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Google Floats News Lab for Journalists, Eyes Wider Citizen-Reporting Now

When Google News was introduced more than a decade ago, it was a field day for many online websites but as it grew into a mammoth source of news, even Drudge Report was annoyed at the competition from an unknown source.

Now that news comprises an important source of information throughout the world wielding enormous power in the governments and leads to more informed decision-making by leaders and authorities all over the world, Google is pondering on how to create news, distribute it and monitor its consumption.

Overriding the traditional set up, Google is essentially offering all writers exposure to the skills of journalism to make the already competitive field to more competition with citizen reporting now.

Close on the heels of refurbishing its aged Google Trends with hourly updates now, the next on Google’s platter was News Lab, a new effort to bring technology and media on a common platform, it said.

“Our mission is to collaborate with journalists and entrepreneurs to help build the future of media,” wrote Steve Grove, Director, News Lab. Envisaging three ways — Providing new Google tools to journalists, providing helpful Google data sets in the hands of journalists and through programs designed to build on some of the biggest opportunities that exist in the media industry today — Google has sent out an open invitation to all media houses and journalists.

Tools for better reporting

From Maps to YouTube to Fusion Tables to Earth to Search, Google said it is offering many tools that newsrooms can use in their reporting and storytelling. To enable the journalists use these tools, it has offered access to tutorials on these products created specifically for newsrooms, at g.co/newslab.

“We’ll post short written and video tutorials and case studies that highlight best practices from top newsrooms around the world,” said Gove in his blog post. He promised the journalists fraternity that Google would update these resources regularly and announce them on Twitter and Google+, and by subscribing to its YouTube channel.

Data for in-depth reporting

Citing enormous data that is available for journalists now that was never dreamt of a decade ago, Google said it would offer data throuhg its unique window that was announced last week — Google Trends platform. The new Google Trends provides journalists with deeper, broader, and real-time data, and incorporates feedback we collected from newsrooms and data journalists around the world.

“We’re also helping newsrooms around the world tell stories using data, with a daily feed of curated Google Trends based on the headlines of the day, and through partnerships with newsrooms on specific data experiments,” he said.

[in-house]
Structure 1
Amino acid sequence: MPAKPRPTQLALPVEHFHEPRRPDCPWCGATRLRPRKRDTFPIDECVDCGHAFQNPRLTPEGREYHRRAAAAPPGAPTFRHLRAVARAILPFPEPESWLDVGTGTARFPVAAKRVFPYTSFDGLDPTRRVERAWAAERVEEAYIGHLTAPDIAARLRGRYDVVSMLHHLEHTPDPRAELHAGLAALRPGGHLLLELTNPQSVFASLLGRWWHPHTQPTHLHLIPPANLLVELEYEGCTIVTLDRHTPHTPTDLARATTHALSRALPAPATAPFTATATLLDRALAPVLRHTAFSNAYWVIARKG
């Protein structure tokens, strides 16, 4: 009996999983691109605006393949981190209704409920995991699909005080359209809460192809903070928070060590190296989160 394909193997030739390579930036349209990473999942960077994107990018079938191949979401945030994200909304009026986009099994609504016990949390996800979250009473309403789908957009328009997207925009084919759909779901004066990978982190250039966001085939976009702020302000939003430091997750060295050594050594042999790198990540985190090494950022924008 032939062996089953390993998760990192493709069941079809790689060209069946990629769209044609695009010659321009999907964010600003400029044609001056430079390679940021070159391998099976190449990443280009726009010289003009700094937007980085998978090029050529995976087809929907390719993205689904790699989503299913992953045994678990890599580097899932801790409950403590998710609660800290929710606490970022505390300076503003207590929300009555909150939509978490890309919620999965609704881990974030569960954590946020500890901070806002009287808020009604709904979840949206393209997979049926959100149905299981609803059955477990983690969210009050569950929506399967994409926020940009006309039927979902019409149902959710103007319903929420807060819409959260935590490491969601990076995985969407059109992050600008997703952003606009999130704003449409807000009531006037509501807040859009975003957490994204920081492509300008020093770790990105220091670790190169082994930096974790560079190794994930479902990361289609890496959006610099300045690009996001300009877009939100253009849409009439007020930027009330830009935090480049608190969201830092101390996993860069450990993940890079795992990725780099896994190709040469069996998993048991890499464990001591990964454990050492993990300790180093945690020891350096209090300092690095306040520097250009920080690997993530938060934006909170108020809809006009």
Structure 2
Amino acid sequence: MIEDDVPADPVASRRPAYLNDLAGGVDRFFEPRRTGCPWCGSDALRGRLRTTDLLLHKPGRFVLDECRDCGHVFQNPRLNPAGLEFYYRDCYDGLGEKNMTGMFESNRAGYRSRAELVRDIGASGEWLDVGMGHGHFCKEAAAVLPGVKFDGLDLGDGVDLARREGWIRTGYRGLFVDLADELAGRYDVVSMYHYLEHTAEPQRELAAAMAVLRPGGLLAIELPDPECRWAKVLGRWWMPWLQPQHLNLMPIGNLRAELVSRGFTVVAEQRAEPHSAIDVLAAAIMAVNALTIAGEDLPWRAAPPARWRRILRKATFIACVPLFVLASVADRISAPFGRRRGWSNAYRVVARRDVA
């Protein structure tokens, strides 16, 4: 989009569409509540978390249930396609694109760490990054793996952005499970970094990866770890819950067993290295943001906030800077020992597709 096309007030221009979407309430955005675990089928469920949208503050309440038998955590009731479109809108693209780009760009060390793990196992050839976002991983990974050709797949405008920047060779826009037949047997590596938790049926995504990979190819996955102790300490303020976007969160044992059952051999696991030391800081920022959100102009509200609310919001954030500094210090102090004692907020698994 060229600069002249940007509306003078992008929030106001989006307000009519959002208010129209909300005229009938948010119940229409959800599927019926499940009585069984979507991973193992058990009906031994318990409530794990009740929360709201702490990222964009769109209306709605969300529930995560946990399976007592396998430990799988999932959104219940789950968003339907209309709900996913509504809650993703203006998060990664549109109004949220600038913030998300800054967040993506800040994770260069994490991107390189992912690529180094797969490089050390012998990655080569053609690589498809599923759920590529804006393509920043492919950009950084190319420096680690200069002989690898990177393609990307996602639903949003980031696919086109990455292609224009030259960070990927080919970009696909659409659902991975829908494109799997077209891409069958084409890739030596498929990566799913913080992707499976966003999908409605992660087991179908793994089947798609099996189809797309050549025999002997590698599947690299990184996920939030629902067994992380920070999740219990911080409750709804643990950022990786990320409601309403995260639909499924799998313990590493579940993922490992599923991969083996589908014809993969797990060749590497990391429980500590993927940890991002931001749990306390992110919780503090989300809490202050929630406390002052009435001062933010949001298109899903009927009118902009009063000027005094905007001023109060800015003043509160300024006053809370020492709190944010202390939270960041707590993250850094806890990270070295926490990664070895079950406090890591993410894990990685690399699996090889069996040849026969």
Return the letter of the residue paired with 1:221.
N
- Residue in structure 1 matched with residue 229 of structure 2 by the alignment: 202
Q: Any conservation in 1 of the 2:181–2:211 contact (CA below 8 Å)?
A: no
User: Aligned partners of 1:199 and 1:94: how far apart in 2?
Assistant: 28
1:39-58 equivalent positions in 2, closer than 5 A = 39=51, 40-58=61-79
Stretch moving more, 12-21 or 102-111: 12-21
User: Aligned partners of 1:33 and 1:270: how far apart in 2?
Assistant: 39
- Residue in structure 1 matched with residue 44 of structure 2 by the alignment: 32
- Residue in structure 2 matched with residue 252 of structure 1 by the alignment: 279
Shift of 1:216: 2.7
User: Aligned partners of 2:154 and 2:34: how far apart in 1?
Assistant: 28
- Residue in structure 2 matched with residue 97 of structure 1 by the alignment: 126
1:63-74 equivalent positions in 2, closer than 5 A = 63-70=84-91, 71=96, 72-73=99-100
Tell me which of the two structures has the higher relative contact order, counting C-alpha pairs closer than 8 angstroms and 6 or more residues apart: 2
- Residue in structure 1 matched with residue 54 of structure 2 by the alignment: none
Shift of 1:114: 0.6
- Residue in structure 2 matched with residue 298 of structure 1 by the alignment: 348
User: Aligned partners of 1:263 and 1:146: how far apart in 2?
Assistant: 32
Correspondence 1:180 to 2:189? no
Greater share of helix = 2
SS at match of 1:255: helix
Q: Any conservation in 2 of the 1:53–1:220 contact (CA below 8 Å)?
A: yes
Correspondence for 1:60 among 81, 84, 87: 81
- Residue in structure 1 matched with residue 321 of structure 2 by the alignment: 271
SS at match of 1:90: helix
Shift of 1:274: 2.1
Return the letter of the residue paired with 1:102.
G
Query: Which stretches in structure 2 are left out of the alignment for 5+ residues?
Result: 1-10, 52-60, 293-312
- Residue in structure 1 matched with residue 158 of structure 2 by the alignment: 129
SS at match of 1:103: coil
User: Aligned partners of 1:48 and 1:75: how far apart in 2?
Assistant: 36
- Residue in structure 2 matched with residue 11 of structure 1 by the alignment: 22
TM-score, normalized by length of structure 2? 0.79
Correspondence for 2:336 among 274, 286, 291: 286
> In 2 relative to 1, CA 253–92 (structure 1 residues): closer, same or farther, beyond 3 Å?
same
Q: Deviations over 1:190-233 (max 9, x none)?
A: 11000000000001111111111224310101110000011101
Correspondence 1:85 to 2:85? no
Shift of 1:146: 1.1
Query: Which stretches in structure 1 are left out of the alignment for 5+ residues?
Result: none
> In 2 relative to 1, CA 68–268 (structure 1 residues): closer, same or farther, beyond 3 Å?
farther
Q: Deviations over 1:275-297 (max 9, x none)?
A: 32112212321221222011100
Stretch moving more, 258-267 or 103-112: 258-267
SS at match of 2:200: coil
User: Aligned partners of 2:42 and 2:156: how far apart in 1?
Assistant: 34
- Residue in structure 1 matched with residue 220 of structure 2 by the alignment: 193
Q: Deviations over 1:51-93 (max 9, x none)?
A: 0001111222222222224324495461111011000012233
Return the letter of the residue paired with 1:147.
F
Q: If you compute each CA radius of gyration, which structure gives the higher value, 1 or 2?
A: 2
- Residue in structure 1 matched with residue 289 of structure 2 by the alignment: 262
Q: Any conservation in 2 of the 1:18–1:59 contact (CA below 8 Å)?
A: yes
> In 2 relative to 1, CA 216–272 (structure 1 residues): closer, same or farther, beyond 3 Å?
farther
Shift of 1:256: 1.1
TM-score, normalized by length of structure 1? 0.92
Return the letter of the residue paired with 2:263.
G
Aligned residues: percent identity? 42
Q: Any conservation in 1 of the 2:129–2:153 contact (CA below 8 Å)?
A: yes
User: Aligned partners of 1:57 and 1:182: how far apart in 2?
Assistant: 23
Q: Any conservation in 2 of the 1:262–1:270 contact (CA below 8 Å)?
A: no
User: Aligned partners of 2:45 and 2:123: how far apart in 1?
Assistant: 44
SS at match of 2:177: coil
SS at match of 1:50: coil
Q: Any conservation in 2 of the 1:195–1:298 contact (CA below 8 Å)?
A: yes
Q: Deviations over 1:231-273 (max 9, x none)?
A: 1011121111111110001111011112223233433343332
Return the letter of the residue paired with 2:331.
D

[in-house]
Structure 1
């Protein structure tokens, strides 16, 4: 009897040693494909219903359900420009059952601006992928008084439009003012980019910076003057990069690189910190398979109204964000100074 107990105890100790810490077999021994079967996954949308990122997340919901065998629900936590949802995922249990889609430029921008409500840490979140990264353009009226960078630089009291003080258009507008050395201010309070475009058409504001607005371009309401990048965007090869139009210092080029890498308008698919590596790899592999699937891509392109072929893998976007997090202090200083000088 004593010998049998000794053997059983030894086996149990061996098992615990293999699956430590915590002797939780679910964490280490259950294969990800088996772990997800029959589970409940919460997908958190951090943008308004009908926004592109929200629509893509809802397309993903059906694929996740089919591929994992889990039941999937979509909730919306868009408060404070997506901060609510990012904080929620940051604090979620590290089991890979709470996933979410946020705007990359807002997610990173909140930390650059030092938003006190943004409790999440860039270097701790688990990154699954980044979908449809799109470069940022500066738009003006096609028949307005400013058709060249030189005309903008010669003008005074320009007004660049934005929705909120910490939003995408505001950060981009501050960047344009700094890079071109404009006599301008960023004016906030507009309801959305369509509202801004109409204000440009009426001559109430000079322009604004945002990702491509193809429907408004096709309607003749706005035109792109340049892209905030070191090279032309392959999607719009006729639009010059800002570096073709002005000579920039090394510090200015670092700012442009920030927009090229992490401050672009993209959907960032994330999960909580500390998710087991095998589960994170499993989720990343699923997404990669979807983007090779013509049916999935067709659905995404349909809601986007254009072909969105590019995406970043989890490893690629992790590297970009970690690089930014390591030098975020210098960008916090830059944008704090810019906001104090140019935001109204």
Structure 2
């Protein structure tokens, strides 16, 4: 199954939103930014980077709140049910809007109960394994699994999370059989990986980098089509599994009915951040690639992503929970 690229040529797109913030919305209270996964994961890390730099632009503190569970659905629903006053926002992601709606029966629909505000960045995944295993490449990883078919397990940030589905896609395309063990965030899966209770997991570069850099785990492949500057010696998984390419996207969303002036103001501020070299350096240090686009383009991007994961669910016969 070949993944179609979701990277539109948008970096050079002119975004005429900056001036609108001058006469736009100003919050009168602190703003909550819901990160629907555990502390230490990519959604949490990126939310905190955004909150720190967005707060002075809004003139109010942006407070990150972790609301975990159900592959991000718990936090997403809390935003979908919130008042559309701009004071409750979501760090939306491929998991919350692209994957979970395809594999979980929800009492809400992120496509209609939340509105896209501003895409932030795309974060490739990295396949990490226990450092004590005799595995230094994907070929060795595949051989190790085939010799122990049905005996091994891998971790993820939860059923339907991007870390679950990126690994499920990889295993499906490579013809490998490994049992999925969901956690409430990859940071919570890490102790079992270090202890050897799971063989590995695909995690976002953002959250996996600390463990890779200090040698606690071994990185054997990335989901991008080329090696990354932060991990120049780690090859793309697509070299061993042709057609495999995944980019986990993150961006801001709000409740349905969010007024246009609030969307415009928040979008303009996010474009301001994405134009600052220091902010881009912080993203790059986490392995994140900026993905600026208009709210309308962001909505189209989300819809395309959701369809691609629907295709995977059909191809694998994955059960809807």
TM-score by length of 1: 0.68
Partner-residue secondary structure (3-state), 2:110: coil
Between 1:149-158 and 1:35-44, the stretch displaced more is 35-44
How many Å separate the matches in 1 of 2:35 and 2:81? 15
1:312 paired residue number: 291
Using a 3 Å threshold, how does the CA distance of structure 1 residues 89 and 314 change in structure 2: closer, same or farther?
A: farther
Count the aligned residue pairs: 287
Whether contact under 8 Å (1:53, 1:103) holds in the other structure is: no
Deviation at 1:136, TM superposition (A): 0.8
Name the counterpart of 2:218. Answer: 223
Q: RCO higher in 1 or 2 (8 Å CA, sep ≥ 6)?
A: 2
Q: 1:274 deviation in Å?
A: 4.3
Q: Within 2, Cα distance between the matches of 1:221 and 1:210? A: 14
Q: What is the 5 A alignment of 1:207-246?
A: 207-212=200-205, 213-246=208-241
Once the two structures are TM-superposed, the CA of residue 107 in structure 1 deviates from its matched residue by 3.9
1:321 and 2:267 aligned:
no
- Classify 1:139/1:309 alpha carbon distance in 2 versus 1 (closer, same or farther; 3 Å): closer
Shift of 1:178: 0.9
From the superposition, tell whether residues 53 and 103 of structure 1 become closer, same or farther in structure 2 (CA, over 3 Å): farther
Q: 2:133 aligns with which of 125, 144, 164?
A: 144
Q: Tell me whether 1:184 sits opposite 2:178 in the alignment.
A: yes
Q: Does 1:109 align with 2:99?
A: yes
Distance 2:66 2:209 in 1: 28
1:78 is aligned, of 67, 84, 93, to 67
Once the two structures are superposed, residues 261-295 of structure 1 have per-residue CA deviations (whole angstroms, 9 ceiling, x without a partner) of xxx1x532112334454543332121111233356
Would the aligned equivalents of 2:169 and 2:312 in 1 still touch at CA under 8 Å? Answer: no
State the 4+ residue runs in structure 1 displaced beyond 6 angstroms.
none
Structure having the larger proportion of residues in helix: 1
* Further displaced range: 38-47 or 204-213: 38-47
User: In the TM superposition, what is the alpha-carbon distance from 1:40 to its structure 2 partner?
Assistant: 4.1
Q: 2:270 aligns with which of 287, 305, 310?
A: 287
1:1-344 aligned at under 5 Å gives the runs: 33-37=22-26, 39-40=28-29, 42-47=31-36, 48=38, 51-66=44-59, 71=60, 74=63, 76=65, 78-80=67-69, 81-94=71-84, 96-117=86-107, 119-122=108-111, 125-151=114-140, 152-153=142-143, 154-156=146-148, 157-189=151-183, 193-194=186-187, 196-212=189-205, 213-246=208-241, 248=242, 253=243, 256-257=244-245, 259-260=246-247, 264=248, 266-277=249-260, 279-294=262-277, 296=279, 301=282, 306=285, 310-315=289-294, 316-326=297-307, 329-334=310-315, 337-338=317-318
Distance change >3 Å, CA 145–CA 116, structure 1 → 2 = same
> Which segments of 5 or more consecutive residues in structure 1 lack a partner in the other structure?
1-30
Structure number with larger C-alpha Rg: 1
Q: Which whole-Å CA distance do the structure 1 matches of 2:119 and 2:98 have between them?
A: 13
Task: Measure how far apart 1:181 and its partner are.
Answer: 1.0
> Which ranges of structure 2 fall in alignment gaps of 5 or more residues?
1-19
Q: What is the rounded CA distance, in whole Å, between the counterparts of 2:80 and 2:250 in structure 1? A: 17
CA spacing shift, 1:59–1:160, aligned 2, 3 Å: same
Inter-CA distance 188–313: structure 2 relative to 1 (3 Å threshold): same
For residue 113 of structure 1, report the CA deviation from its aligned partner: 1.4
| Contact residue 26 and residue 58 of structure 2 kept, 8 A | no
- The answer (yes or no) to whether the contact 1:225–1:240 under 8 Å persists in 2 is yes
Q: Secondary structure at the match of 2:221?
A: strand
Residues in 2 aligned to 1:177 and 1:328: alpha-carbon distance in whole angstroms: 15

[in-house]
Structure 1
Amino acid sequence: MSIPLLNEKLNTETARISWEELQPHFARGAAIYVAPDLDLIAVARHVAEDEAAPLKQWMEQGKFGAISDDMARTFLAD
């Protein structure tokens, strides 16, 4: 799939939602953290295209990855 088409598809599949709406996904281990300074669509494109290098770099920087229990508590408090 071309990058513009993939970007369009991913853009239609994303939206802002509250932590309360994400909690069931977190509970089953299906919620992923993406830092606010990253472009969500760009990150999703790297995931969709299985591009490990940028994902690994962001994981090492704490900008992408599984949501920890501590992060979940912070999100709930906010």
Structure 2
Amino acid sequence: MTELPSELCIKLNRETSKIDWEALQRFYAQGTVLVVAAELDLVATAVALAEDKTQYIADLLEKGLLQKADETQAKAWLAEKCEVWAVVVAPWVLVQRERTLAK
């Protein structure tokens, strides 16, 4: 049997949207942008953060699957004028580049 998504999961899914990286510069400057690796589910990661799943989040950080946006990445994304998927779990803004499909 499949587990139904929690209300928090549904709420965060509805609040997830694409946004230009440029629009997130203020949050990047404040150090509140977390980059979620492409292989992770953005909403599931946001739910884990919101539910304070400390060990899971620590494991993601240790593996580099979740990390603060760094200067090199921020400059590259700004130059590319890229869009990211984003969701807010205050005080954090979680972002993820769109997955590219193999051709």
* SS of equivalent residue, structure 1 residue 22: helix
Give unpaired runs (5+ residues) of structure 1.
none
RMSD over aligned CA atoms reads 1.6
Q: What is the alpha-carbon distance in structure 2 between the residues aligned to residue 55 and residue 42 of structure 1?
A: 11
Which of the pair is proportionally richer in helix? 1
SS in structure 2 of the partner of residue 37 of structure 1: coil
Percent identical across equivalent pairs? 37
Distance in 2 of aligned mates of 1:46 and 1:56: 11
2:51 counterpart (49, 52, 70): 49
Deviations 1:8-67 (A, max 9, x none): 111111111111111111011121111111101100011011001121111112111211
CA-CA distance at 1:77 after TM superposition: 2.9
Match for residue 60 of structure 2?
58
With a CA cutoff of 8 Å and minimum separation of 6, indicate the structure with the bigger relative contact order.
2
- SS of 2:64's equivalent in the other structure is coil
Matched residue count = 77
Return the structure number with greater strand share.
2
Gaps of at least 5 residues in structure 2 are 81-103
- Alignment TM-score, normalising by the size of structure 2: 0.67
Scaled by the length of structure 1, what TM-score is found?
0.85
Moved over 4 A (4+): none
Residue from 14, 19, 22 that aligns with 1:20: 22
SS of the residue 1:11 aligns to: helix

Programs on media’s future

Google said it is working with partners to build a series of programs focused on imagining the future of news and information, as well as on empowering new voices in media. First of all, it is focusing on increasing the number of media startups in the marketplace.

Google has partnered with Matter, a media accelerator in San Francisco, and Hacks/Hackers, a global community group for developers and journalists, to provide financial support and mentorship from Google engineers that will help these organizations expand their impact to more startups around the world.

“We’re also holding a series of TechRaking summits with the Center for Investigative Reporting: hackathons focused on developing new investigative tools such as drones, online databases, and more,” it said.

Another area Google said it would focus is citizen reporting. Citing mobile technology that allows anyone to be a reporter, Google said the user-generated news content is a positive and game-changing force in media.

“We’re doing that with three projects—First Draft, the WITNESS Media Lab, and the YouTube Newswire — each of which aims to make YouTube and other open platforms more useful places for first-hand news content from citizen reporters around the world.”

The News Lab is a global effort, with teams in the U.S., U.K., France, and Germany to start, besides providing the training from the research arm of Google — Digital News Initiative in Europe.

“We believe we can create a more informed world if technologists and journalists work together, and we’re excited to be part of the effort,” said Steve Grove, Director of News Lab.

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